This case raised some common issues which often arise in ICBC claims. Particularly the amount of past loss income when a Plaintiff returns to work but is not able to work as many overtime shifts. I recommend this case for anyone involved in an ICBC injury claim who has missed overtime work as a result of injuries. This case gives an example of how this issue can be dealt with at trial. The personal injury lawyer representing the Plaintiff capably called evidence addressing wage loss and overtime and in the end the court addressed this loss fairly.
In awarding money for loss of future wages, the court noted that “there is more than a substantial possibility that the plaintiff will be unable to work overtime at his historical pre-accident rate into the future.’ and also that, given the Plaintiff’s age and injuries, that he would have ‘a difficult time finding work if his (current) job ended‘, As a result of this the court awarded $70,000 for loss of future earnings / loss of earning capacity.
Lastly, the ICBC lawyers argued that “damages should be reduced by 25% because the plaintiff failed to start an exercise programme as recommended by his general practitioner, his physiotherapist, and the rehabilitation medicine specialist
This argument is known in law as ‘failure to mitigate’. If a person injured in an ICBC claim does not take reasonable steps to recover from their injuries the value of compensation can be reduced.
The court summarized the law of ‘failure to mitigate’ as follows:
[44] To succeed in this submission, the third party must prove, on a balance of probabilities, that the plaintiff failed to undertake the recommended treatment; that by following that recommended treatment he could have overcome or could in the future overcome the problems; and that his refusal to take that treatment was unreasonable (Janiak v. Ippolito, [1985] 1 S.C.R. 146, 16 D.L.R. (4th) 1; Maslen v. Rubenstein, [1994] 1 W.W.R. 53 at 57-58, 83 B.C.L.R. (2d) 131 (C.A.); Fox v. Danis, 2005 BCSC 102 at para. 37). The remedial programme must be likely to achieve resolution of the problem or at least have a positive effect on the plaintiff’s injury arising from the accident (Hepner v. Gill, [1999] B.C.J. No. 1755 at paras. 5 and 7 (S.C.) (QL); Briglio v. Faulkner and Reichel, 1999 BCCA 361, 69 B.C.L.R. (3d) 122 at para. 44; Wong v. Stolarchuk, [1997] B.C.J. No. 2837 at para. 48 (S.C.) (QL)). The reasonableness of a refusal to undertake a recommended programme depends upon the risk that such a programme would impose, the gravity of the consequence of refusing to participate, and the potential benefits to be derived from it (Janiak v. Ippolito, supra).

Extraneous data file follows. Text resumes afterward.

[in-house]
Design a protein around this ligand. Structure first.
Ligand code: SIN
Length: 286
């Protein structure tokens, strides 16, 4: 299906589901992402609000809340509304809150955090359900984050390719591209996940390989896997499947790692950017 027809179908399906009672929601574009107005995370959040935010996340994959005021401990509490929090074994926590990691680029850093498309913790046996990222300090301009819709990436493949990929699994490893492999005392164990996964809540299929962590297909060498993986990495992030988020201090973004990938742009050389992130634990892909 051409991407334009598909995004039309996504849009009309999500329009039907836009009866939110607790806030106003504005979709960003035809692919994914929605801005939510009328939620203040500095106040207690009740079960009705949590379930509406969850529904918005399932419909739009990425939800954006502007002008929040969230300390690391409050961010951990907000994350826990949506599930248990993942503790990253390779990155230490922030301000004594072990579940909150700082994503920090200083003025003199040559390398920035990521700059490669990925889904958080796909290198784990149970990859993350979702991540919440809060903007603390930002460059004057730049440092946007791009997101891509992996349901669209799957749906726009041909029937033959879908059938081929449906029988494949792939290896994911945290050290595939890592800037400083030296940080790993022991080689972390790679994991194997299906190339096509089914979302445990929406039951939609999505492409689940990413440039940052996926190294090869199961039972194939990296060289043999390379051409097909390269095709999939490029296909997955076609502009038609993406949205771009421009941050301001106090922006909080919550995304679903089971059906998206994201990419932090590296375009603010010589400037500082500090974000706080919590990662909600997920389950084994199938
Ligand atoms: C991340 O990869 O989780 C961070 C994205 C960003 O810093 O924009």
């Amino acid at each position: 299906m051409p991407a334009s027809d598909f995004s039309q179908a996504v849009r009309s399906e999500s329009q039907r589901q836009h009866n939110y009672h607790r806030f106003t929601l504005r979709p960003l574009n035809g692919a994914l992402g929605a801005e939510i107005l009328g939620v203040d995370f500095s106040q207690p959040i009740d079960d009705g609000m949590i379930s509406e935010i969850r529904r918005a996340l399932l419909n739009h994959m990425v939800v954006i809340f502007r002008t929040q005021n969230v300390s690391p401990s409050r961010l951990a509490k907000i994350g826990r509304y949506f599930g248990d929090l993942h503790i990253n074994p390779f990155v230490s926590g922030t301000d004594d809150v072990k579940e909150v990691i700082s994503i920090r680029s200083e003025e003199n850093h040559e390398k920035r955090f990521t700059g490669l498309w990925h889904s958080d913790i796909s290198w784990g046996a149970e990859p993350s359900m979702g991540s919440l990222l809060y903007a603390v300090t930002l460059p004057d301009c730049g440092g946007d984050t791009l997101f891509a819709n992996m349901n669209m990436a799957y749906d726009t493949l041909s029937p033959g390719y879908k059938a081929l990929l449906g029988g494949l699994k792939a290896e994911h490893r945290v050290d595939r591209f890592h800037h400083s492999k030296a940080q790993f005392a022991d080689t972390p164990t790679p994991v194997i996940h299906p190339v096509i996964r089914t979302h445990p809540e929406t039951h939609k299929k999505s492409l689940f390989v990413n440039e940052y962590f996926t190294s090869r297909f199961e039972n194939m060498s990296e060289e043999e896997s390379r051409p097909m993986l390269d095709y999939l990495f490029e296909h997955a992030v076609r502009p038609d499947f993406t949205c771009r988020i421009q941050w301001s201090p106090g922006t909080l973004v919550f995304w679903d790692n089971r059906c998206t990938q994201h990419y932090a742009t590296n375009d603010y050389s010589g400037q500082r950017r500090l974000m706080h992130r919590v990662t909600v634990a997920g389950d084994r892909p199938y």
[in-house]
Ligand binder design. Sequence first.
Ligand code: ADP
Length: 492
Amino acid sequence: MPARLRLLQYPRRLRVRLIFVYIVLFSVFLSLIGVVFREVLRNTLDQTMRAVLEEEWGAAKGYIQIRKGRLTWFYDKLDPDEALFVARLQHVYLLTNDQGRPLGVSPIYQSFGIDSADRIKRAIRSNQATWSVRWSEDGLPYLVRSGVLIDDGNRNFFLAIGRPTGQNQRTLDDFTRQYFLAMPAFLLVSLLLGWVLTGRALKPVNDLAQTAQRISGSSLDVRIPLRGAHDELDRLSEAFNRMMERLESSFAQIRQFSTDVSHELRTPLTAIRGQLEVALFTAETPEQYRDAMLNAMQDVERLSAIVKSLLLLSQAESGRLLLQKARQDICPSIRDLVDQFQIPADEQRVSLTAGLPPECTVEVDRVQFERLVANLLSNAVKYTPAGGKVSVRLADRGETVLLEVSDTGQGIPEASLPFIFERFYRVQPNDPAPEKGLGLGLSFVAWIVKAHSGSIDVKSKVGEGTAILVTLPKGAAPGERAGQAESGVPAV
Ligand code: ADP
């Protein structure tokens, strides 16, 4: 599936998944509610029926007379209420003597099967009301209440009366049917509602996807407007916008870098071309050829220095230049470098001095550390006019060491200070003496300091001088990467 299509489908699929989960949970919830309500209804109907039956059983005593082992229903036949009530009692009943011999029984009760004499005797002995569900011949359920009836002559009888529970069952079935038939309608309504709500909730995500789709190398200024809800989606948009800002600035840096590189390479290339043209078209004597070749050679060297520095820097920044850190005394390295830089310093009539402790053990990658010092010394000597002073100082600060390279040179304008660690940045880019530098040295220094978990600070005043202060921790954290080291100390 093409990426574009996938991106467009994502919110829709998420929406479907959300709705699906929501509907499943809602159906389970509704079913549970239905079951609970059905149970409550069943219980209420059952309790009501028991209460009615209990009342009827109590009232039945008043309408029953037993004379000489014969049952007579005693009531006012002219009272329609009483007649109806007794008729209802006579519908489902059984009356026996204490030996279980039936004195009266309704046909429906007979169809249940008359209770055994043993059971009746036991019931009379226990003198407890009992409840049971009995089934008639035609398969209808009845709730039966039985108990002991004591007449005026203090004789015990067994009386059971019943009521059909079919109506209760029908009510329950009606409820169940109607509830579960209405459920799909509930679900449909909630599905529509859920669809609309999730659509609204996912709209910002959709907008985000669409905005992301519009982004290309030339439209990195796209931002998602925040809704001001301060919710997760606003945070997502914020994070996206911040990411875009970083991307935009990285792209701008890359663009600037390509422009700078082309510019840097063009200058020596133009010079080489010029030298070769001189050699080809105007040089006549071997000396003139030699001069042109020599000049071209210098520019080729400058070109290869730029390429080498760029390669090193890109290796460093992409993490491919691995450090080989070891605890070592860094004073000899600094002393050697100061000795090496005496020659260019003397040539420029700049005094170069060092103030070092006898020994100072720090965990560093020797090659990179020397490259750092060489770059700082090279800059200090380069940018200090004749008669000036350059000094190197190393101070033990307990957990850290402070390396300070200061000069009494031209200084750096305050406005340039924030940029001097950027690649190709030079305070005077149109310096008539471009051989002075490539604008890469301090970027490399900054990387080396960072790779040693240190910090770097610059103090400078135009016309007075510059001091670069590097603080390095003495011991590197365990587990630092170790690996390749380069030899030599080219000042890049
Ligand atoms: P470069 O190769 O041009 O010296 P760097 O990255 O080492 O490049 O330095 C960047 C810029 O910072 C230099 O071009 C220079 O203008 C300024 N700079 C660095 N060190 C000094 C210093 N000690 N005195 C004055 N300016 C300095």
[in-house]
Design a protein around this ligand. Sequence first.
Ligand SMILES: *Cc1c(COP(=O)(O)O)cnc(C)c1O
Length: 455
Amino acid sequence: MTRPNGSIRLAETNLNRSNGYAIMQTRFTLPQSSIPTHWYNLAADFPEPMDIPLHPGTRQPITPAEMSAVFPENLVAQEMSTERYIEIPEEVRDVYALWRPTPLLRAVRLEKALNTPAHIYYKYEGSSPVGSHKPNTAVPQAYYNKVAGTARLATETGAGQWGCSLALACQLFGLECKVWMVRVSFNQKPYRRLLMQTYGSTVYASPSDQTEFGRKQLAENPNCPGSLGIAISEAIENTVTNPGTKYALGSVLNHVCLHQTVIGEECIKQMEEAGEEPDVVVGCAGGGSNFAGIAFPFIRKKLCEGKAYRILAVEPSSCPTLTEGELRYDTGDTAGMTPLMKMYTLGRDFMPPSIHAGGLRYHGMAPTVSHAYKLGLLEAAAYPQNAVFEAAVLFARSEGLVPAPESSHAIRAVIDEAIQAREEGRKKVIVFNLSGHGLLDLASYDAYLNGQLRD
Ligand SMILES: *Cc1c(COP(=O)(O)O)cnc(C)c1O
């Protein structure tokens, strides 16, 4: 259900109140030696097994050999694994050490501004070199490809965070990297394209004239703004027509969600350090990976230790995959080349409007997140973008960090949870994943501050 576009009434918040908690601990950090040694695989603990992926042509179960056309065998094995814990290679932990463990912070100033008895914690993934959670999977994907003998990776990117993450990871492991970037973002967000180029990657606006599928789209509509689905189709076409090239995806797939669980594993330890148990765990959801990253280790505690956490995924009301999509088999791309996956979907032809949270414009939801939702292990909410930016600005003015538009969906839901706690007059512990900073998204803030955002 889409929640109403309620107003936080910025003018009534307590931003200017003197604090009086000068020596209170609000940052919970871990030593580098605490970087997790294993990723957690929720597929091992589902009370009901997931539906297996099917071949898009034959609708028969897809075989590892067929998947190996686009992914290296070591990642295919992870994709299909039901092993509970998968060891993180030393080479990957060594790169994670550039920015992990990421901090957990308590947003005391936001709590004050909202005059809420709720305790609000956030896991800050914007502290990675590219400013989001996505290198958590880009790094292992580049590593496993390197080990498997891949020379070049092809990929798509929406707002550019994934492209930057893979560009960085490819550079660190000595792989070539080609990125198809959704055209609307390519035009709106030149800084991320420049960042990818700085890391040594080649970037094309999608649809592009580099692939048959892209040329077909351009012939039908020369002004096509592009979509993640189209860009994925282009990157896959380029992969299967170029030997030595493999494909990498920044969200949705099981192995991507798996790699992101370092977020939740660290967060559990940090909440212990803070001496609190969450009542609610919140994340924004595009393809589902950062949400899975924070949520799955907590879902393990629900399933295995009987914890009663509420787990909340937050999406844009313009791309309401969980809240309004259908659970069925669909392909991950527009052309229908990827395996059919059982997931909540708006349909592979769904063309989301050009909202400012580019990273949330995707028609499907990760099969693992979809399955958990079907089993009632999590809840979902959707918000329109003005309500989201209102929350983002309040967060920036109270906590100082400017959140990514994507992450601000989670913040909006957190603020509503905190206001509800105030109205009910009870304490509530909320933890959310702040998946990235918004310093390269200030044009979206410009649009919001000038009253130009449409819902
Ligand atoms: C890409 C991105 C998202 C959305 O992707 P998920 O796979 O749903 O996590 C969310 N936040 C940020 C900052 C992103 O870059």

The court rejected ICBC’s failure to mitigate arguments.
This case illustrates just how important credibility is in ICBC injury claims. The court clearly liked the Plaintiff and he made a good impression on the judge. His stoic attitude certainly helped. Contrary to what some believe, having a tough attitude in the face of injuries does not hurt the value of an ICBC case, as this case illustrates, this postitive attribute can in fact add to the credibilty of an injured person and help result in a good trial result.

More on LVI's, ICBC Claims and Soft Tissue Injuries

There is no shortage of opportunity to blog about ICBC LVI (Low Velocity Impact) cases as these seem to go trial frequently.   While each case is unique and have varying outcomes based on the severity of injury, the courts reactions to the ‘no crash no cash’ position often advanced on ICBC’s behalf seems to end in a predictable result.  It is typically rejected.
The issue always is, on a balance of probabilities, does the evidence establish that the Plaintiff was injured in the crash?  Not “how significant was the vehicle damage”.
In yet another example of BC courts reactions to LVI crashes, reasons for judgment were released today awarding a Plaintiff $12,000 for various soft tissue injuries.
The accident happend in 2005.  It was a rear-end crash.  The defendant gave evidence that the crash was so minor that ‘he did not hear any impact’.  The Plaintiff, on the other hand, stated that the impact was ‘a jolt that threw her forward although she was restrained by her seatbelt‘.
As is often the case in ICBC LVI cases, the lawyers put into evidence the photographs of the vehicles.  The pictures showed minor damage to the Plaintiff vehicle and no visible damage to the Defendant vehicle.
The court accepted that the Plaintiff was injured in this crash.  The Plaintiff complained of headaches, neck pain, upper back pain, lower back pain, right shoulder pain and right ankle pain.
The Plaintiff suffered injuries in previous car accidents and also in a subsequent fall.  This complicates the courts job somewhat in assessing the extent of the injuries suffered in this LVI trial.
The medical evidence was that the Plaintiff, while injured in this LVI crash, should not have any permanent consequenses as a result of her injuries.  In other words, she should get better.  The Plaintiff’s doctor also testified that ‘a lot of her symptoms arise from ‘something else’ (something other than the crash)… She has an underlying condition of depression and alcohol consumption which makes her depression worse’.
One thing that should come to no surprise to ICBC injury lawyers is the position taken by the defence lawyer in this case.  It was argued that ‘there should be no award as the symptoms are not reasonably attributable to the accident’.  In support of this argument the defence lawyer cited Mustapha v. Culligan of Canada Ltd.   For full background you can read my former blog on this case but for the sake of this blog here are the broad strokes: